Ansaloni, a private in the Marines, served on Guam in the Marianas Islands.
“When WWII broke out, he wanted to serve,” Rockett said. “He went down to enlist with his buddies, but the Navy wouldn’t take him because he was too short. So he ended up in the Marines. ... He was only in Guam for a few days before he was killed in action.”
Ansaloni — “Vinnie” to his family — worked at J.B. Blood Co., a downtown grocer, after graduating from Salem High School.
It’s estimated Salem lost 190 young men and women in World War II, including at least a dozen from the largely Italian neighborhood where Ansaloni lived.
Ansaloni was Rockett’s uncle — her mother’s older brother. Her father, Ernest Daly, served as a medic in World War II. Only recently, nearly 70 years after the war, is he beginning to talk more about the things he experienced, Rockett said.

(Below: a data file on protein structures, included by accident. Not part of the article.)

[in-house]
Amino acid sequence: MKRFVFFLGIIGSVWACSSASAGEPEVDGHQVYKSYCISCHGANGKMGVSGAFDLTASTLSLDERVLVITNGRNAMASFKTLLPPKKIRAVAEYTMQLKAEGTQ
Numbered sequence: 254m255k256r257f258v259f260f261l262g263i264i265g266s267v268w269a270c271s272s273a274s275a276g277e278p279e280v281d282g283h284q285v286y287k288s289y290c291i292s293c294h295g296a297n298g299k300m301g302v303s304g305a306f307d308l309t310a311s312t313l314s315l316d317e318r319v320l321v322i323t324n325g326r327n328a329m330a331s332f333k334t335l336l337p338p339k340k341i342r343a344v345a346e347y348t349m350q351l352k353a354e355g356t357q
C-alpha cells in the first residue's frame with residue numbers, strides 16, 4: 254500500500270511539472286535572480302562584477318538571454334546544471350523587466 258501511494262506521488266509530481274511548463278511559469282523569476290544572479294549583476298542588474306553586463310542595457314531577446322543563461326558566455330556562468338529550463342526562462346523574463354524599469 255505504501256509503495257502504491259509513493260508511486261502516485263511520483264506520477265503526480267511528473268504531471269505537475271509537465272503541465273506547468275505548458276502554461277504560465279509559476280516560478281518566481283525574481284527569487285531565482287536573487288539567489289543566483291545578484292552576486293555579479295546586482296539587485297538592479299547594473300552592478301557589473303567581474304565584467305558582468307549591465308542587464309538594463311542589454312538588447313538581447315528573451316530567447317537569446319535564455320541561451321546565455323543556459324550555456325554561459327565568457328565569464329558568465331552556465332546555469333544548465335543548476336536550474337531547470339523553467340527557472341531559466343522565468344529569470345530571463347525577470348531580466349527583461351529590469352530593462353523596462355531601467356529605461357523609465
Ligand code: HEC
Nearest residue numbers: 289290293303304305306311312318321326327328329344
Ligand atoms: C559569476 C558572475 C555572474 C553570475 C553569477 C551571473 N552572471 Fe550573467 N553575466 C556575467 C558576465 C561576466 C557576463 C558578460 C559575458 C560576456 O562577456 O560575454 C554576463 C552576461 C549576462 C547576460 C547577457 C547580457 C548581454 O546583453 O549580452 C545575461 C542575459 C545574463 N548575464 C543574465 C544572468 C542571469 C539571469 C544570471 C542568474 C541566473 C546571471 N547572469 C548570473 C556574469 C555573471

“I’ve grown up hearing about veterans, hearing about what these guys did in World War II,” said Rockett, a member of the local VFW Ladies Auxiliary. “When the possibility of having a square named for my uncle (came together), it was just, ‘Oh, cool. This is really neat.’ To have the square where they grew up, where the family home was, became just really exciting.”
NEW SIGNS FOR VETERANS
- Corner of Front and Charter streets, near the Salem Laundry
- The intersection is named for four World War I veterans, all with the last name of Murphy. Three were killed in action and a fourth survived the war to return home.
Sgt. James Ayube
- Two additional signs have been put up at either end of the Sgt. James Ayube III Memorial Bypass Road. Ayube, a 25-year-old Army medic, was killed in December 2010 by a suicide bomber in Afghanistan. His mother, Christina, will speak at Salem's Memorial Day ceremony.